The meeting of minds in viva is over. Posters removed, photos posted on Flickr, speakers returned home on multimodal transport. But MoneyLab the project has just begun.
The two-day conference was not the cumulation of years of research, but the launch of a new endeavour to network diverse minds to consider "digital experiments with revenue models, payment systems and currencies against the backdrop of ongoing global economic decline."
Where will it go to from here? What did we achieve that we can build upon, and what needs to be brought into the fold that was forgotten?
What happened at the conference?
The short answer to this question is "a lot." When you bring together researchers, programmers, activists, artists, practitioners, and economists with a vast array of experience and political perspectives, it is virtually impossible to draw a common thread between speakers' presentations.
In fact, Max Haiven's presentation began with the comment that the conference was "confusing." To many, including Max, this is a good thing. His invocation of Marx probably summarizes it better than anything. Max told us how Marx saw the Paris commune as ultimately successful because it disrupted normative thinking and made them see that there are alternative ways of doing things.
In my mind, this was precisely what the MoneyLab conference achieved. The speakers demonstrated that there are many ways that we can think about creating alternatives to the problems that globalized finance generates today: debt, foreclosures, viral crises, and inequality, to name a few. States, markets, and individuals all featured in the alternatives suggested by the speakers.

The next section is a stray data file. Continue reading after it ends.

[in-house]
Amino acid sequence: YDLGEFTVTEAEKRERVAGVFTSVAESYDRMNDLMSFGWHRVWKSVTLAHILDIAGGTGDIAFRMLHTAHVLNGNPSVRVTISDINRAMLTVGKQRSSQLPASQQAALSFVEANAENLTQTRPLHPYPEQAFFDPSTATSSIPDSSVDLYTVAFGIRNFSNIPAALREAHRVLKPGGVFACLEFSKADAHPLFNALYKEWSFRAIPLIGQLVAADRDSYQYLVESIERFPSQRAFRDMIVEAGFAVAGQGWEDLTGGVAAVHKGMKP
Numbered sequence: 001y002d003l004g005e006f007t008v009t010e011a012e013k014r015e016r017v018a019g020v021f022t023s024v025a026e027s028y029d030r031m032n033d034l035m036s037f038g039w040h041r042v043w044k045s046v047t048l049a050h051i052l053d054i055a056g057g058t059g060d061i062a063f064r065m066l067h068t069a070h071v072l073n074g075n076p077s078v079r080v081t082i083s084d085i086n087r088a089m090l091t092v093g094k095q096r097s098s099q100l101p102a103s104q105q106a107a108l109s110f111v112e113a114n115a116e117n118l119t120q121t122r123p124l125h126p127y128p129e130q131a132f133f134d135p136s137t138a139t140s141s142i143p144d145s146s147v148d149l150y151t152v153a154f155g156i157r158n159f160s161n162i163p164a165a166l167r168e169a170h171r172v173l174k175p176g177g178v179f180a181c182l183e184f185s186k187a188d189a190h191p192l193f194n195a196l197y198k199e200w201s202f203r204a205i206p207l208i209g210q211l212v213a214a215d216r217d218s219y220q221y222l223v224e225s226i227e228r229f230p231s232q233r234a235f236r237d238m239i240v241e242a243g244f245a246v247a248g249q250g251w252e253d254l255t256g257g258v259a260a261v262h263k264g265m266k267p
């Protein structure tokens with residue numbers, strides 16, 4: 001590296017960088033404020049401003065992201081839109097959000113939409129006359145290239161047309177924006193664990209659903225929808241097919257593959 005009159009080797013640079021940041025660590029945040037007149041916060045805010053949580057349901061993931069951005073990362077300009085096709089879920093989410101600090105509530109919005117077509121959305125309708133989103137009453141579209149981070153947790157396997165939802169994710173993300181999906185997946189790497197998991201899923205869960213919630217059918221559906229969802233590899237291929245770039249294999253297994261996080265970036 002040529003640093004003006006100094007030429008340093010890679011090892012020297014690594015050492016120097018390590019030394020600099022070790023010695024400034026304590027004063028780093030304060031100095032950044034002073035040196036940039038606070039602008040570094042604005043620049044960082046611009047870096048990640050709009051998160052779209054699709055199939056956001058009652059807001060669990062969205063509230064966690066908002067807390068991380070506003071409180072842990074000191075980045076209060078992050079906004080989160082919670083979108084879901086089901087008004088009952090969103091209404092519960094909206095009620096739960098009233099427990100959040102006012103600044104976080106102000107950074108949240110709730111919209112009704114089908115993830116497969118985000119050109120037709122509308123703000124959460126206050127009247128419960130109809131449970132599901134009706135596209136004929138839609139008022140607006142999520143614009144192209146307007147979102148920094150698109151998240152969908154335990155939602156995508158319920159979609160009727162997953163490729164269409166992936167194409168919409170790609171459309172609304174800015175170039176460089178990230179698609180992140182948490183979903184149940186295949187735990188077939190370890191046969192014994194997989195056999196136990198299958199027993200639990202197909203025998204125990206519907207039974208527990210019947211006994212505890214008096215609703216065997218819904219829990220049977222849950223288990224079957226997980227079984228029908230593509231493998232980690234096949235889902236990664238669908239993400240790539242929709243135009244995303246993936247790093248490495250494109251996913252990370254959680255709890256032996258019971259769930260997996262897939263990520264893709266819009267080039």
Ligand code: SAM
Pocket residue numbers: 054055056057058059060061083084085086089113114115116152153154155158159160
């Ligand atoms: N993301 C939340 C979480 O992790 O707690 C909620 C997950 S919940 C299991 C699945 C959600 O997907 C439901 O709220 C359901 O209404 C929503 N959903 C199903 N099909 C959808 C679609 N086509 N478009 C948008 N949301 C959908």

When we think about alternative currencies, the first initiatives that normally spring to mind are anarchistic projects that favour bypassing the state altogether. The common feature of these projects is that they challenge the idea that all money has to be fiat money. Instead, as Bitcoin and PunkMoney show, people can create new currencies themselves.
This is nothing new: shell money and IOUs have been among the currencies that have existed for thousands of years, long before nation states and central banks appeared. Today, enabled by the Internet, people are again developing new ways to exchange with one another, this time beyond the borders of states and their regulations.
Some approaches continue to be state-centric. On the first panel, Bill Maurer’s talk emphasized the historical importance of federal government and banking in creating security and convenience for consumers in the United States.
Others reinforced the continuing importance of states in regulating money for the benefit of society. Even the Heidenreich brothers, who proposed an idea to abolish money, retained a place for the state in their plans, emphasizing the role of sovereign nations in protecting their own markets.
In fact, the state may retain more power and influence than we give it credit for. Brian Holmes he argues that we are living under "creditism" rather than capitalism, given that financial institutions are being propped up by state bailouts. Is this, he asks, a kind of communism for corporations?
What was missing from discussions?
Realistically speaking, all alternatives, regardless of their focus, will depend upon the forging of agreements between states, markets, and people. Even the most anarchistic of alternatives exist in an environment where regulation and business models shape our relationships with finance. Yet this point was acknowledged only implicitly during the conference.
Donald Robotham, in his book "Culture, Society, Economy: Globalization and its Alternatives," has argued that the efforts of the political left to achieve socioeconomic change generally fail because they do not have a plan for what they would actually do if they achieved power.